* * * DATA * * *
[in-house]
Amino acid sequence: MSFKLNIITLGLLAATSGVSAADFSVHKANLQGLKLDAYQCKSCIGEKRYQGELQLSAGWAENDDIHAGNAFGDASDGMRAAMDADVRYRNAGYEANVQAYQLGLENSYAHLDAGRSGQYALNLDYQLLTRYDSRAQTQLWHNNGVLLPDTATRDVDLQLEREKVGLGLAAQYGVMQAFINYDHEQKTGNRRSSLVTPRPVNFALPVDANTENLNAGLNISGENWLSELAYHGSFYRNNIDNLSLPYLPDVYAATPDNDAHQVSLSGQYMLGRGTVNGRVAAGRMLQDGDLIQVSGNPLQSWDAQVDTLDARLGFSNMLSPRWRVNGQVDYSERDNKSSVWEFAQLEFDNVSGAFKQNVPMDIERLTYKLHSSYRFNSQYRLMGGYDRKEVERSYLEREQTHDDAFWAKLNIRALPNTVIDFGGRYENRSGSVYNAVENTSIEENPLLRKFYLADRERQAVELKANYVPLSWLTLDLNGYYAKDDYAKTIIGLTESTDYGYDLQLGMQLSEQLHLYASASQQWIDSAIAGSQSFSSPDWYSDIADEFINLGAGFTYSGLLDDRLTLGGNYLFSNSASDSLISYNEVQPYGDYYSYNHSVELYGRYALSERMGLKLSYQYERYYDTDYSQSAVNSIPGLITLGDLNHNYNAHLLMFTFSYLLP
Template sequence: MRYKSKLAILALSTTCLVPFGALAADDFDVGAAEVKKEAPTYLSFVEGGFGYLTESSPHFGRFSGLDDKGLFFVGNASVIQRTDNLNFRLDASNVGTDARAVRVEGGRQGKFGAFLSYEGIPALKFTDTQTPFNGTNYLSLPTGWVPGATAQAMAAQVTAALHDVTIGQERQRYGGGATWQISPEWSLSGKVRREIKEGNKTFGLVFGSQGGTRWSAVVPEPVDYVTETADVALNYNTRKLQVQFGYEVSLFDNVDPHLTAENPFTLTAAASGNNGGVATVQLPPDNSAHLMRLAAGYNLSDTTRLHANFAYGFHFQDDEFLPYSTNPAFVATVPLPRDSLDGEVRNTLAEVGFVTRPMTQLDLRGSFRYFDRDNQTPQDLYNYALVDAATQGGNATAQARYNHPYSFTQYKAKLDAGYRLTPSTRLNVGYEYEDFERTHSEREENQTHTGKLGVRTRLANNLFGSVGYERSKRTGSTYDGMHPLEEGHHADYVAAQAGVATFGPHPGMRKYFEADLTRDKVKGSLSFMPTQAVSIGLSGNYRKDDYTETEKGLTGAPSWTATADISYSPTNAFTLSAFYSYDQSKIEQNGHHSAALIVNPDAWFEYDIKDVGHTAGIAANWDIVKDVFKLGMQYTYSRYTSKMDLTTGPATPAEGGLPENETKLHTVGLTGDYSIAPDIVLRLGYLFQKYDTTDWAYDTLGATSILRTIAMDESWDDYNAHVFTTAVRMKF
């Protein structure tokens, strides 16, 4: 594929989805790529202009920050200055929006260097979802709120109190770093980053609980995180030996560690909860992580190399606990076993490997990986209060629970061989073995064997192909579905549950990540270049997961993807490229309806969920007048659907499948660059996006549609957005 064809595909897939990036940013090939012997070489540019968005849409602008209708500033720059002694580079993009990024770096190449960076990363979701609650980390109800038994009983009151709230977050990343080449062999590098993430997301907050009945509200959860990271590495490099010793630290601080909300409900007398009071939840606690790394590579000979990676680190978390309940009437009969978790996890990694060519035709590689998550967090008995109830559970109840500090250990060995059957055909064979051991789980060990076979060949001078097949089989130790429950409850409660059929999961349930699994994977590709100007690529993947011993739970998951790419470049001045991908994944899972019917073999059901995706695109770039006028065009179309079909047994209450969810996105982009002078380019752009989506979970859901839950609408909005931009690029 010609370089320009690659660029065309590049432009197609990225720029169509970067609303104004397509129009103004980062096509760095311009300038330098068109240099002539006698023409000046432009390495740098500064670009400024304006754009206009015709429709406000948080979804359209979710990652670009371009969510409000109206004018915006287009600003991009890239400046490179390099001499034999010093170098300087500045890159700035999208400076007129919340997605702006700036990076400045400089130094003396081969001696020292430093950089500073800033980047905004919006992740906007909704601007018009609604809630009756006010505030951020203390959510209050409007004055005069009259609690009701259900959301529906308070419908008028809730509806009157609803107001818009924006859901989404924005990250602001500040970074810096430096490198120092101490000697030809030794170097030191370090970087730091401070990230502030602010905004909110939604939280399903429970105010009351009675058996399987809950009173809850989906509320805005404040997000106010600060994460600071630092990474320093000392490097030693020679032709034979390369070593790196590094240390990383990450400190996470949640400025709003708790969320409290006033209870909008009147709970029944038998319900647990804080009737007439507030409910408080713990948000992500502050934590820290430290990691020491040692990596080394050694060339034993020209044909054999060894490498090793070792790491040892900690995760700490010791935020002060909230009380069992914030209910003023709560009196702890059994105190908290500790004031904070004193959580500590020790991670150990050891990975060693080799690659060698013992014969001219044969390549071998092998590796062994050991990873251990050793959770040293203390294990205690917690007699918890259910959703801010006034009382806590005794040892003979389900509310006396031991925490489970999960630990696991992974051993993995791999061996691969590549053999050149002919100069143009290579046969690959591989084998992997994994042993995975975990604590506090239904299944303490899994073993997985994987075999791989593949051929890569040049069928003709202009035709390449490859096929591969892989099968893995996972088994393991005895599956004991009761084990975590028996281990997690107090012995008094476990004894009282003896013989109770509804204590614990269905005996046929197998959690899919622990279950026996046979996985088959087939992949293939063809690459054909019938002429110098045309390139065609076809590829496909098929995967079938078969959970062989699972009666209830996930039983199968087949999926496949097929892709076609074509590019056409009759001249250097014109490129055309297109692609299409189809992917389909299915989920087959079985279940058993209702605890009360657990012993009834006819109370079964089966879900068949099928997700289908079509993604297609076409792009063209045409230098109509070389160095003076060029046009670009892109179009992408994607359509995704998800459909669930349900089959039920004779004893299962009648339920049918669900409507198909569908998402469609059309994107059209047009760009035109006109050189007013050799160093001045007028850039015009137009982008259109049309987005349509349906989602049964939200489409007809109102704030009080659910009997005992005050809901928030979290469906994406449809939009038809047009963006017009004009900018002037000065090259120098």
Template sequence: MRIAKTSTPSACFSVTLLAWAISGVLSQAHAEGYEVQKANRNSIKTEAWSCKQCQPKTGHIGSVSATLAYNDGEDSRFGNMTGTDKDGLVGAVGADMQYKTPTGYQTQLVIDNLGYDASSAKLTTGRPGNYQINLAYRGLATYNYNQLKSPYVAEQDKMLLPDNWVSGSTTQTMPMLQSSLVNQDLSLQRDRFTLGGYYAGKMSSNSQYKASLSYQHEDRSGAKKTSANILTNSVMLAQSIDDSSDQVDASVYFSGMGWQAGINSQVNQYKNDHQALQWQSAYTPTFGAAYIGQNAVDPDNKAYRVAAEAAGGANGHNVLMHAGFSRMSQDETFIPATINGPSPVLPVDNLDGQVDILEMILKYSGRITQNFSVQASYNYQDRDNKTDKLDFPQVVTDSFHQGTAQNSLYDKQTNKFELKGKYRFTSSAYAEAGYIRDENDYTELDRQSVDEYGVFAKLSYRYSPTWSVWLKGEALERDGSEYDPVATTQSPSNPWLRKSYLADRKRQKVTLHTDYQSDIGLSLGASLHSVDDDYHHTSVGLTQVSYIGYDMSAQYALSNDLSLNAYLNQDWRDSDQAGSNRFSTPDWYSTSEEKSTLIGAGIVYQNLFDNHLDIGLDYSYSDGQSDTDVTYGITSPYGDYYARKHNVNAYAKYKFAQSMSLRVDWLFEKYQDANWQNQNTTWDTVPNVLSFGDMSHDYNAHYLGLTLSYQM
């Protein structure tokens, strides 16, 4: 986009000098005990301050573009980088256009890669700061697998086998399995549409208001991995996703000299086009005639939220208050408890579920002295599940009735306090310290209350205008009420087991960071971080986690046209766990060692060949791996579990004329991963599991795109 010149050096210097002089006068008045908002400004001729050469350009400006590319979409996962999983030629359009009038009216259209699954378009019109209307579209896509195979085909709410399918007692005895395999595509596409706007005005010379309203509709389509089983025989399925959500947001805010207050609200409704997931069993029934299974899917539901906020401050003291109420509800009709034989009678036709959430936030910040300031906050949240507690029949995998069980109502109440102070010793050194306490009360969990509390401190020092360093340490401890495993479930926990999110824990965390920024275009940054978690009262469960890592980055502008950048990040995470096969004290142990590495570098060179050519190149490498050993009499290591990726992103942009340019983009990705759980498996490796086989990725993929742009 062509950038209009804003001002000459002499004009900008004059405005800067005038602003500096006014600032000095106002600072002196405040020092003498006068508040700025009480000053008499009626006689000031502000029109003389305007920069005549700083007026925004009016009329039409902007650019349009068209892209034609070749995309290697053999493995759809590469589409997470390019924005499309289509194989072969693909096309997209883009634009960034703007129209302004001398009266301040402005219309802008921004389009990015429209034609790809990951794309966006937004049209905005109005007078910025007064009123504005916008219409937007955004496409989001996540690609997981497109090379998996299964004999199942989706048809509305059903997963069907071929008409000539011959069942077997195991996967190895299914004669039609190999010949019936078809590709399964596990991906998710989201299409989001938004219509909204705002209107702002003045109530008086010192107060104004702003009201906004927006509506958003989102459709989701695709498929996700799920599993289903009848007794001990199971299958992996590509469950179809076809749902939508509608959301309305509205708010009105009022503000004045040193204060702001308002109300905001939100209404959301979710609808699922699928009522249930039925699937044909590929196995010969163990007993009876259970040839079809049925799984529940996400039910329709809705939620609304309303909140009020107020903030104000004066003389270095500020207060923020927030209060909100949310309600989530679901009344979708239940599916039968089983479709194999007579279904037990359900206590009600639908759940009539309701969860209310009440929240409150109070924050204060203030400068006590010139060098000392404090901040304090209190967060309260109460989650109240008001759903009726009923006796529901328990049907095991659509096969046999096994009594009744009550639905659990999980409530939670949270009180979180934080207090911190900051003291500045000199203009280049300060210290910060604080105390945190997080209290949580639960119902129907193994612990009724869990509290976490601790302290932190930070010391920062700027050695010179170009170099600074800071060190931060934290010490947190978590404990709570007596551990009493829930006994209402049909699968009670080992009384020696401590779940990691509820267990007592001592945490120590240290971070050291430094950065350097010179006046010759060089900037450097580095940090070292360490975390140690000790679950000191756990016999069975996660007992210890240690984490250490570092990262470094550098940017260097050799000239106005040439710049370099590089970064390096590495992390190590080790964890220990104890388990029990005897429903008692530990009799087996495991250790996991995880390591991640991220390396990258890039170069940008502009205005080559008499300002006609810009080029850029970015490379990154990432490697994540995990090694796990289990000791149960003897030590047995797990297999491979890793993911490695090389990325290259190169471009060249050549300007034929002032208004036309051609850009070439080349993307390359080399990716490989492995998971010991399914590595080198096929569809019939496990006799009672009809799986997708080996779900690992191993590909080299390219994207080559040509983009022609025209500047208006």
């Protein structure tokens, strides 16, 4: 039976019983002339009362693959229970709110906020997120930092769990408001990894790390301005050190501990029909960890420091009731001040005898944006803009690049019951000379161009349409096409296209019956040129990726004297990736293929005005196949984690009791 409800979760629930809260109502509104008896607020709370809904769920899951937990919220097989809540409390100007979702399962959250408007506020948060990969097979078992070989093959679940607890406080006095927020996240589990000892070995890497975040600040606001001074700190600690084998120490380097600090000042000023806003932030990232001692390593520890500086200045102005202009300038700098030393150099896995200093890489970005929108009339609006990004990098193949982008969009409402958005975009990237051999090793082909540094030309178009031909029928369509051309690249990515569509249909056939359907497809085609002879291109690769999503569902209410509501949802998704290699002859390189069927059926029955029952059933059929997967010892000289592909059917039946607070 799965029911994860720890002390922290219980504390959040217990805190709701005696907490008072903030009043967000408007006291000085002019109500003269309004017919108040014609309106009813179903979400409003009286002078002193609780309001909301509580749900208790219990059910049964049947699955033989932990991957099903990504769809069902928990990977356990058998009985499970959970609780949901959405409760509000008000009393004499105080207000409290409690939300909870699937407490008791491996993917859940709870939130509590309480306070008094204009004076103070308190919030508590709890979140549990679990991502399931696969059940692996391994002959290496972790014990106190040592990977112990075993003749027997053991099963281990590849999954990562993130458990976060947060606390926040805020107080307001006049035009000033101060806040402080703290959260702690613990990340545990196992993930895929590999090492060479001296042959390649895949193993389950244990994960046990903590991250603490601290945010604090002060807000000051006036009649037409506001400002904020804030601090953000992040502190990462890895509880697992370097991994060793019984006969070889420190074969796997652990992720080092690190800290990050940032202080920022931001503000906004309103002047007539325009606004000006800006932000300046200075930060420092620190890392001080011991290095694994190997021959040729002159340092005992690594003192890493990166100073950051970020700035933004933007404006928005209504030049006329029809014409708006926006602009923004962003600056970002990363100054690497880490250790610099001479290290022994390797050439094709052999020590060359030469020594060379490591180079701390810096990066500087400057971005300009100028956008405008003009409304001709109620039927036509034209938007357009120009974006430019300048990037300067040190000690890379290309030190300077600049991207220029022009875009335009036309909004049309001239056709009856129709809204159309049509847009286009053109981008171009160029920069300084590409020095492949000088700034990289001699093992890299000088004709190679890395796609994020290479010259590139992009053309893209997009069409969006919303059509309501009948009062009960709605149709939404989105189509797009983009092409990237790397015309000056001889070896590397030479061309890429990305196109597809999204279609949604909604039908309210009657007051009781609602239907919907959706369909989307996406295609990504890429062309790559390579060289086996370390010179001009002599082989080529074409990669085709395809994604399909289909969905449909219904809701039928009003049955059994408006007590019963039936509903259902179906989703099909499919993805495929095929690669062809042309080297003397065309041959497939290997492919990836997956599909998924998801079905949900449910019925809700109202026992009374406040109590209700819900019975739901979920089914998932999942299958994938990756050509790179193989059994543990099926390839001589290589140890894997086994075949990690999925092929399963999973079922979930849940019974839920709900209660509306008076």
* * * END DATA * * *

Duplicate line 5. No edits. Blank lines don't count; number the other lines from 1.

Template sequence: MRIAKTSTPSACFSVTLLAWAISGVLSQAHAEGYEVQKANRNSIKTEAWSCKQCQPKTGHIGSVSATLAYNDGEDSRFGNMTGTDKDGLVGAVGADMQYKTPTGYQTQLVIDNLGYDASSAKLTTGRPGNYQINLAYRGLATYNYNQLKSPYVAEQDKMLLPDNWVSGSTTQTMPMLQSSLVNQDLSLQRDRFTLGGYYAGKMSSNSQYKASLSYQHEDRSGAKKTSANILTNSVMLAQSIDDSSDQVDASVYFSGMGWQAGINSQVNQYKNDHQALQWQSAYTPTFGAAYIGQNAVDPDNKAYRVAAEAAGGANGHNVLMHAGFSRMSQDETFIPATINGPSPVLPVDNLDGQVDILEMILKYSGRITQNFSVQASYNYQDRDNKTDKLDFPQVVTDSFHQGTAQNSLYDKQTNKFELKGKYRFTSSAYAEAGYIRDENDYTELDRQSVDEYGVFAKLSYRYSPTWSVWLKGEALERDGSEYDPVATTQSPSNPWLRKSYLADRKRQKVTLHTDYQSDIGLSLGASLHSVDDDYHHTSVGLTQVSYIGYDMSAQYALSNDLSLNAYLNQDWRDSDQAGSNRFSTPDWYSTSEEKSTLIGAGIVYQNLFDNHLDIGLDYSYSDGQSDTDVTYGITSPYGDYYARKHNVNAYAKYKFAQSMSLRVDWLFEKYQDANWQNQNTTWDTVPNVLSFGDMSHDYNAHYLGLTLSYQM